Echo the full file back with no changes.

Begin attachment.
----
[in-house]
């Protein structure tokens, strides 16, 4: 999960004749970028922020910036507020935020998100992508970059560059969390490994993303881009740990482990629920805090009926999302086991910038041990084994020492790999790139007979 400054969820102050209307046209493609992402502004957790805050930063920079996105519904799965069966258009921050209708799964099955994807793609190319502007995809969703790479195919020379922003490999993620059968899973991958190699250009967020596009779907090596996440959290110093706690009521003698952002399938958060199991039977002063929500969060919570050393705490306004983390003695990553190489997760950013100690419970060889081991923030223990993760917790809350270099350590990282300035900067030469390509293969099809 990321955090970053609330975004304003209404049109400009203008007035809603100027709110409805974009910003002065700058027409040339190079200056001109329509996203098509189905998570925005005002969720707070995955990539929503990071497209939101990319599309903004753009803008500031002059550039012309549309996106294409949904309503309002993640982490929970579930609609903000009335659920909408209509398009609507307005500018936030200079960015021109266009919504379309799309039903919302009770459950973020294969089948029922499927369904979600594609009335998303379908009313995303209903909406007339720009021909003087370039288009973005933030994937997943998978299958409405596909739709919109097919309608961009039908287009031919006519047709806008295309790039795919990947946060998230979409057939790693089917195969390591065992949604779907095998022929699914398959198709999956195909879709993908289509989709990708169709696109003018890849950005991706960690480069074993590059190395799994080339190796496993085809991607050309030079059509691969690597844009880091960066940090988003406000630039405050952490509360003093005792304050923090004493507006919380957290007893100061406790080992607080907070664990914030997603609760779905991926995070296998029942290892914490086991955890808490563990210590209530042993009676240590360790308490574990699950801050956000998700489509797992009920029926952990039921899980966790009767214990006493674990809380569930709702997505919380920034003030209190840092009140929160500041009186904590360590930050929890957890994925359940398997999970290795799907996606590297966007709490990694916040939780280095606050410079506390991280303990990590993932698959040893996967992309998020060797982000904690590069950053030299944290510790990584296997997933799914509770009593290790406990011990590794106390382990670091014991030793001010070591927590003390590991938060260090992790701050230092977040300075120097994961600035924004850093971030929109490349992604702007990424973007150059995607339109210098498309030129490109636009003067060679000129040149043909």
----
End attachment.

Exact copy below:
[in-house]
């Protein structure tokens, strides 16, 4: 999960004749970028922020910036507020935020998100992508970059560059969390490994993303881009740990482990629920805090009926999302086991910038041990084994020492790999790139007979 400054969820102050209307046209493609992402502004957790805050930063920079996105519904799965069966258009921050209708799964099955994807793609190319502007995809969703790479195919020379922003490999993620059968899973991958190699250009967020596009779907090596996440959290110093706690009521003698952002399938958060199991039977002063929500969060919570050393705490306004983390003695990553190489997760950013100690419970060889081991923030223990993760917790809350270099350590990282300035900067030469390509293969099809 990321955090970053609330975004304003209404049109400009203008007035809603100027709110409805974009910003002065700058027409040339190079200056001109329509996203098509189905998570925005005002969720707070995955990539929503990071497209939101990319599309903004753009803008500031002059550039012309549309996106294409949904309503309002993640982490929970579930609609903000009335659920909408209509398009609507307005500018936030200079960015021109266009919504379309799309039903919302009770459950973020294969089948029922499927369904979600594609009335998303379908009313995303209903909406007339720009021909003087370039288009973005933030994937997943998978299958409405596909739709919109097919309608961009039908287009031919006519047709806008295309790039795919990947946060998230979409057939790693089917195969390591065992949604779907095998022929699914398959198709999956195909879709993908289509989709990708169709696109003018890849950005991706960690480069074993590059190395799994080339190796496993085809991607050309030079059509691969690597844009880091960066940090988003406000630039405050952490509360003093005792304050923090004493507006919380957290007893100061406790080992607080907070664990914030997603609760779905991926995070296998029942290892914490086991955890808490563990210590209530042993009676240590360790308490574990699950801050956000998700489509797992009920029926952990039921899980966790009767214990006493674990809380569930709702997505919380920034003030209190840092009140929160500041009186904590360590930050929890957890994925359940398997999970290795799907996606590297966007709490990694916040939780280095606050410079506390991280303990990590993932698959040893996967992309998020060797982000904690590069950053030299944290510790990584296997997933799914509770009593290790406990011990590794106390382990670091014991030793001010070591927590003390590991938060260090992790701050230092977040300075120097994961600035924004850093971030929109490349992604702007990424973007150059995607339109210098498309030129490109636009003067060679000129040149043909």